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Title: Thermal investigations on a high-speed direct injection diesel engine
Author: Papaioannou, Nick
ISNI:       0000 0004 7966 1361
Awarding Body: University of Oxford
Current Institution: University of Oxford
Date of Award: 2018
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Modern compression ignition engines offer higher thermal efficiency compared to gasoline engines, thus offering superior fuel consumption performance and lower CO2 emissions, a major greenhouse gas. With future legislation pushing the automotive manufacturers for even lower fleet average CO2 emissions the compression ignition engine can assist in achieving these goals, however further research is required to extend their efficiency. Understanding where the chemical energy of the fuel is transferred during the combustion process and from that identifying strategies that can assist in converting part of these energy flow terms into useful piston work can help enhance the engine's efficiency. This work looked into the study of these energy flows by using a first law analysis approach and by developing the necessary instrumentation and methods that allow for the more accurate measurement of the various energy flows, subsequently increasing the accuracy of the first law analysis. Two thermal studies were carried out on a single cylinder diesel engine. The first study investigated the effect of different high-pressure EGR strategies on engine efficiency and emissions, in an attempt to reduce the negative effects of EGR application on soot emissions under two load/speed conditions. The second study compared the effects of different piston material on engine efficiency under two speed/load conditions. A baseline aluminium design, was compared against an alloy steel piston which, due to its lower thermal conductivity, was shown to provide lower heat transfer losses during combustion thus increasing efficiency. The results of the thermal studies showed that ~40% of fuel energy was transferred to the exhaust. Therefore, being able to accurately measure the exhaust temperature can offer significant insights to engine designers. The exhaust event is highly unsteady and the exhaust temperature is typically measured using a 3 mm sheathed thermocouple which, due to its thermal mass, cannot capture this transient event. Instead, a time-average measurement is only possible. This can result in an under prediction of the exhaust enthalpy since the measured temperature is lower than that of the flow field of interest due to measurement errors. A lumped capacitance model was developed in order to better understand the behaviour of thermocouple sensors under an unsteady flow environment. The sensors are subject to both dynamic errors, due to their thermal inertia, and conduction and radiation errors due to temperature gradients between the sensor and the surrounding environment. Understanding how different size thermocouples react under unsteady flow conditions has the potential to improve the measurement process and increase the accuracy of the measured exhaust temperature. A temperature reconstruction method was developed which can correct both the dynamic and conduction errors that are prevalent during the engine cycle, thus approaching the true exhaust gas temperature. This technique requires the use of thermocouples with different thermal masses, thus resulting in a different response under the same flow conditions. This reconstructed temperature then allowed the estimation of exhaust enthalpy on a mass-average basis improving the accuracy of the first law analysis.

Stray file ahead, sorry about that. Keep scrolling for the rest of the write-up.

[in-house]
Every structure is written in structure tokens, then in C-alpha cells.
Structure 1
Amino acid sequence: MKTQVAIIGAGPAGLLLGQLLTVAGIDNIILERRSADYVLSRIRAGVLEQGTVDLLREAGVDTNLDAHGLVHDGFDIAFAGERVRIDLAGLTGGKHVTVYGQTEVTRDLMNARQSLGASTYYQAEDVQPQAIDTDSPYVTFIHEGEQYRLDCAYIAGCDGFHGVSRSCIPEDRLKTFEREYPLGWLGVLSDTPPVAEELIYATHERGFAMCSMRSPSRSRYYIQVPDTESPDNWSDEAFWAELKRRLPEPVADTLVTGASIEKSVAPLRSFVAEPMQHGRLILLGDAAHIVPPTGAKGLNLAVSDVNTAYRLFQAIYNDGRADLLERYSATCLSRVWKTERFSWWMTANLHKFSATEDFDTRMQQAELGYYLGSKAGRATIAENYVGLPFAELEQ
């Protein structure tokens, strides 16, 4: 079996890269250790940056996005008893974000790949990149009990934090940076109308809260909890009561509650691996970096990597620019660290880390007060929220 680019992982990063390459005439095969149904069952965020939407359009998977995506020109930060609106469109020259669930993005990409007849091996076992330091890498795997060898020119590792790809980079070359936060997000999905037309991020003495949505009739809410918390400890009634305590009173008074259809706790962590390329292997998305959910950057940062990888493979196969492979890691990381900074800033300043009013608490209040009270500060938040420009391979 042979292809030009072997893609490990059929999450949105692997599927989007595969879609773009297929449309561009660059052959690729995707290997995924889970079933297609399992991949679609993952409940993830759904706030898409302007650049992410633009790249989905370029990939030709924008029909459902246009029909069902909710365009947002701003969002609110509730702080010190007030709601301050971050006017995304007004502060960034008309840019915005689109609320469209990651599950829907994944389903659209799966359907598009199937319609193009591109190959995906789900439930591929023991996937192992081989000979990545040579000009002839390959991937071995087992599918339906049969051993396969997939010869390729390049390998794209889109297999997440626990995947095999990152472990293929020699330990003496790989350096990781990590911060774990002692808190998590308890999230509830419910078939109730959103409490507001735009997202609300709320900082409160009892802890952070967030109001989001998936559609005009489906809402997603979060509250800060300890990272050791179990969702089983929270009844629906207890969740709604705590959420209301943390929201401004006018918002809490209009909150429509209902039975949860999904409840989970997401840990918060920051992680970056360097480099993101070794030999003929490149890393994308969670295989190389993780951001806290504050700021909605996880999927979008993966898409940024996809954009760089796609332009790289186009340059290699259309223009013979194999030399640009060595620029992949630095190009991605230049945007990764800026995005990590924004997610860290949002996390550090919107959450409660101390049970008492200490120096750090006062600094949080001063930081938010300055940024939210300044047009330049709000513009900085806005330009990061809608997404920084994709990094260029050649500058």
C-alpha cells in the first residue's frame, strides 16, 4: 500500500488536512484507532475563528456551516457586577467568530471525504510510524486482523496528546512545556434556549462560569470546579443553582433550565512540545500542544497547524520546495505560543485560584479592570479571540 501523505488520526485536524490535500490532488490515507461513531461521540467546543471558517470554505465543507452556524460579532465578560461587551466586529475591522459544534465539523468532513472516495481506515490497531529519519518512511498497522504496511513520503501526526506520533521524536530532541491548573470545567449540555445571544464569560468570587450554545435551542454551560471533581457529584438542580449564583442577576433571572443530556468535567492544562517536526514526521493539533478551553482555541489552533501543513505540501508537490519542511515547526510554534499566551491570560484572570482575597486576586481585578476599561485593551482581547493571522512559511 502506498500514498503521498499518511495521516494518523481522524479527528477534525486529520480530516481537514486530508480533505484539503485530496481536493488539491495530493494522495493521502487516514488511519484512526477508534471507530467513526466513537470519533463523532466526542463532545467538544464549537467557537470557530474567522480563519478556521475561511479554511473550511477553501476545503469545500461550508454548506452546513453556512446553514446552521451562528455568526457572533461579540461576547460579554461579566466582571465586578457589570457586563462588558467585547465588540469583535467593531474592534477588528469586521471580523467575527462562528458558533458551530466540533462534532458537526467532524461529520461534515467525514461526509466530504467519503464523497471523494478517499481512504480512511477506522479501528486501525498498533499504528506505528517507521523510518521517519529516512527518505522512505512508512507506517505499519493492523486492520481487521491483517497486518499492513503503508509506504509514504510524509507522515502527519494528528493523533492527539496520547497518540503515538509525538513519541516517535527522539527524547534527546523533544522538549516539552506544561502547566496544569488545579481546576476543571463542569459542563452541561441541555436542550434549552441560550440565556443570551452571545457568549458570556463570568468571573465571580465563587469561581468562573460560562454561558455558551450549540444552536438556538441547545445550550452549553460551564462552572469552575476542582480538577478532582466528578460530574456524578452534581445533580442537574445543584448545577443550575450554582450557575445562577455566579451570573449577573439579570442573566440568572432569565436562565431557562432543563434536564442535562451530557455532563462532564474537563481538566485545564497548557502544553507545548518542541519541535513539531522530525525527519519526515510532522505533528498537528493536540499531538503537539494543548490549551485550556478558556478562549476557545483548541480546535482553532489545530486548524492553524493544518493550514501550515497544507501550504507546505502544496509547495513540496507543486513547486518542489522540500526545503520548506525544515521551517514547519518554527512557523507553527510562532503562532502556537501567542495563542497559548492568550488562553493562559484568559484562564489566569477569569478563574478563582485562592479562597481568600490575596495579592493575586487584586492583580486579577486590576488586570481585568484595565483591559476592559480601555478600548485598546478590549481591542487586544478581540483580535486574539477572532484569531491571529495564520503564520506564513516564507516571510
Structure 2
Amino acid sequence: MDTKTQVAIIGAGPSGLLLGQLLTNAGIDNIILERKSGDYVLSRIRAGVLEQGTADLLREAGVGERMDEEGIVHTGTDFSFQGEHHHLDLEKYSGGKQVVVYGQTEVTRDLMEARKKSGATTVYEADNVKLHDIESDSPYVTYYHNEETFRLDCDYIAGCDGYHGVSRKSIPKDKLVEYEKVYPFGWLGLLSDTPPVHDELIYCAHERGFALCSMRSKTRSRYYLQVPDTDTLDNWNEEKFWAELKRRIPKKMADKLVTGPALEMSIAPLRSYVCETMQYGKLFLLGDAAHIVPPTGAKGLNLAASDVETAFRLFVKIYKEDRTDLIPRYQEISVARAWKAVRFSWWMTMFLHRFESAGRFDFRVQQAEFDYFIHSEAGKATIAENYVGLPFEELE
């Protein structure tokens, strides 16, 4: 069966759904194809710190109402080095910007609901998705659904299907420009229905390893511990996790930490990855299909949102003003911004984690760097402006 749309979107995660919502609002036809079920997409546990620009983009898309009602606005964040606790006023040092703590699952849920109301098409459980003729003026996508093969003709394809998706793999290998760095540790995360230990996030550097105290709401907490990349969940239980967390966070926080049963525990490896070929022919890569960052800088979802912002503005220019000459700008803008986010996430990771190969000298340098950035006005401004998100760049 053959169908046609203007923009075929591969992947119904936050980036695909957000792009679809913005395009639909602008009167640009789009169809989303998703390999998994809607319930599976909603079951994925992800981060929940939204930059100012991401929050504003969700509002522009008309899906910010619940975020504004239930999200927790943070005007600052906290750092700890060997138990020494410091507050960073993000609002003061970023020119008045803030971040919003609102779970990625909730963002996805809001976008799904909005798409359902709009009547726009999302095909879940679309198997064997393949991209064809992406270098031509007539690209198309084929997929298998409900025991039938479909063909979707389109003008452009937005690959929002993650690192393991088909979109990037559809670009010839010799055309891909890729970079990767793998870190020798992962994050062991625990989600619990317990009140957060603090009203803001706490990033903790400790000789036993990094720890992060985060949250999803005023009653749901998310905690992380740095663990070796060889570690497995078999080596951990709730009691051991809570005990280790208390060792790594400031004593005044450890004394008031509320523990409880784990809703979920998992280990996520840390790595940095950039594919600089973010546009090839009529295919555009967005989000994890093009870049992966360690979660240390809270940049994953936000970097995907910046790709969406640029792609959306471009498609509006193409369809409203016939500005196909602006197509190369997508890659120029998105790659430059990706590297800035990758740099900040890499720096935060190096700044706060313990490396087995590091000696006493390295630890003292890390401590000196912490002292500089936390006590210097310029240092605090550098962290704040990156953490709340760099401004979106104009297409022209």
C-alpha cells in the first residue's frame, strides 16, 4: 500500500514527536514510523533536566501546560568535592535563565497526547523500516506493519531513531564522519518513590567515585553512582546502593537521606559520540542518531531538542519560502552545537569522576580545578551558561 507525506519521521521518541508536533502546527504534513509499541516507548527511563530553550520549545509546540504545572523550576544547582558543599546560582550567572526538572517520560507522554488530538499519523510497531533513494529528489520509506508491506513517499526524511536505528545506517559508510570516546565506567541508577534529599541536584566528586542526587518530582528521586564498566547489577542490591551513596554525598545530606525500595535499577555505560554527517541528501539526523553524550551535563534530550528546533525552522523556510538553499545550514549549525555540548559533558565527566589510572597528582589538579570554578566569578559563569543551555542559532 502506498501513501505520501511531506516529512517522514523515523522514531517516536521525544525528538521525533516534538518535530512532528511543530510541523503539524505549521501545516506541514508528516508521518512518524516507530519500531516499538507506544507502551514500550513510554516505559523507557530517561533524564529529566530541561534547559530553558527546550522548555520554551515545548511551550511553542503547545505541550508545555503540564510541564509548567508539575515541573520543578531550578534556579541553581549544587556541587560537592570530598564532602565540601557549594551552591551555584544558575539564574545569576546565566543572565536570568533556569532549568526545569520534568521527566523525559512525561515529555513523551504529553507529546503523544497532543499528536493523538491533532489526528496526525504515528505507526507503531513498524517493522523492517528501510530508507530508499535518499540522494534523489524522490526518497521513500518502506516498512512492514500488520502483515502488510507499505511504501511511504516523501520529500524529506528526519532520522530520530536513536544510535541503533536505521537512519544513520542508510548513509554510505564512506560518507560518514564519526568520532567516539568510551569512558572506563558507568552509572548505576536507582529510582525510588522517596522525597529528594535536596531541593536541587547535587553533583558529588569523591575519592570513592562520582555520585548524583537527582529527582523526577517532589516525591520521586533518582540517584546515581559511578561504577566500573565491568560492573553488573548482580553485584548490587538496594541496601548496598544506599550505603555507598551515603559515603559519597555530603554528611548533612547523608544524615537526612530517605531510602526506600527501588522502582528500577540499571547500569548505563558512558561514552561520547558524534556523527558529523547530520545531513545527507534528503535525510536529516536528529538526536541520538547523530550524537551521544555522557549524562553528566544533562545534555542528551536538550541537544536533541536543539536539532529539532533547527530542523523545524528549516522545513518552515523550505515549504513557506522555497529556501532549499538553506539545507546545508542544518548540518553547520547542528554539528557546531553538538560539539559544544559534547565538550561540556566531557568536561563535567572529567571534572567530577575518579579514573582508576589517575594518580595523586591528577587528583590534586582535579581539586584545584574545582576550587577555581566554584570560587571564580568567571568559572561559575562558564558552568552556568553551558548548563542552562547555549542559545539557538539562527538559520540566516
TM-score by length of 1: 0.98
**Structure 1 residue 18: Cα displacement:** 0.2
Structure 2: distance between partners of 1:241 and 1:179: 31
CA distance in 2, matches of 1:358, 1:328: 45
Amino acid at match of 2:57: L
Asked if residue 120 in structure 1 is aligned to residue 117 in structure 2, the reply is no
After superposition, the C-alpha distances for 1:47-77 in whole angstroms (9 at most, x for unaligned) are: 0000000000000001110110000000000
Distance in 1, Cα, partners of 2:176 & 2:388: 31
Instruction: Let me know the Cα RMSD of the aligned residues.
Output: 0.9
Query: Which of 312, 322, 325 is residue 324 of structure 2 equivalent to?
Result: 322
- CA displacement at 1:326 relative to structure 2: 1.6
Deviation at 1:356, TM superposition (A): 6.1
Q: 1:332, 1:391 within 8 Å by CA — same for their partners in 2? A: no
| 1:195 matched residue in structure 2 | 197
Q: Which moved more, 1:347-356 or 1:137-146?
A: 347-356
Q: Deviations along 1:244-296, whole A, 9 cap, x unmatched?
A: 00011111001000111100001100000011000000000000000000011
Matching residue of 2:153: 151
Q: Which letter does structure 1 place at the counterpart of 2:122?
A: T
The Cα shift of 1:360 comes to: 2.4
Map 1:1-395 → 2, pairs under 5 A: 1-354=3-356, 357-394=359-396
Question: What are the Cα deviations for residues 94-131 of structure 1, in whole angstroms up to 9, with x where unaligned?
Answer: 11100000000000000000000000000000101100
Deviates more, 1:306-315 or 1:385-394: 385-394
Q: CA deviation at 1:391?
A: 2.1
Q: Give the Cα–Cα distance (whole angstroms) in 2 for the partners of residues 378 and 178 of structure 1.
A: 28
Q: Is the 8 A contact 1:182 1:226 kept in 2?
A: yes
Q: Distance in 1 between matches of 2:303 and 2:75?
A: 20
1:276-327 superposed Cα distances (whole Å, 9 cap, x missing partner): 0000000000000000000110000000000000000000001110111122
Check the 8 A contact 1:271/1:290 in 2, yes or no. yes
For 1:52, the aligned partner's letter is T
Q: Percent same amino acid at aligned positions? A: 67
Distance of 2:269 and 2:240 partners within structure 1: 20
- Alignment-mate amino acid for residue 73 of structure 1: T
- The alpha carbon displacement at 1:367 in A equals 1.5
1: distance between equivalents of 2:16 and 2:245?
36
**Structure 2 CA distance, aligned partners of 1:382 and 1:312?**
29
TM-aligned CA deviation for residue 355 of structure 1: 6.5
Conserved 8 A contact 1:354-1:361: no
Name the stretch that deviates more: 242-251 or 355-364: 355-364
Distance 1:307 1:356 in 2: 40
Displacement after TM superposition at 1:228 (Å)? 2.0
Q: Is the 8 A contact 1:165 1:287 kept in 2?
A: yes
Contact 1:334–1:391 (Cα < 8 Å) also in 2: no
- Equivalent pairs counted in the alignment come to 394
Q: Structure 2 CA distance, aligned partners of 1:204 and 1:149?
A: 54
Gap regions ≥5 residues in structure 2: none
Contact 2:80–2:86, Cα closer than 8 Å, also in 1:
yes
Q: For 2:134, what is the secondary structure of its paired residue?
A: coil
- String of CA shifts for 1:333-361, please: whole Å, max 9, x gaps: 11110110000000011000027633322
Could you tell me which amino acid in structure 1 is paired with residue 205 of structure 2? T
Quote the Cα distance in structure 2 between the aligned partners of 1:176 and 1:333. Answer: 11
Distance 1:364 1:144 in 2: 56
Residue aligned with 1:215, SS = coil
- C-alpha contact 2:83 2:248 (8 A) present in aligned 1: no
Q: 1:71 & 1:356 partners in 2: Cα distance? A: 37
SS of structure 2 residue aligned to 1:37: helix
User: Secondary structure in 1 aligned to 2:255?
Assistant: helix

Supervisor: Davy, Martin Sponsor: Jaguar Land Rover ; Engineering and Physical Sciences Research Council
Qualification Name: Thesis (Ph.D.) Qualification Level: Doctoral
EThOS ID:  DOI: Not available
Keywords: Internal combustion engines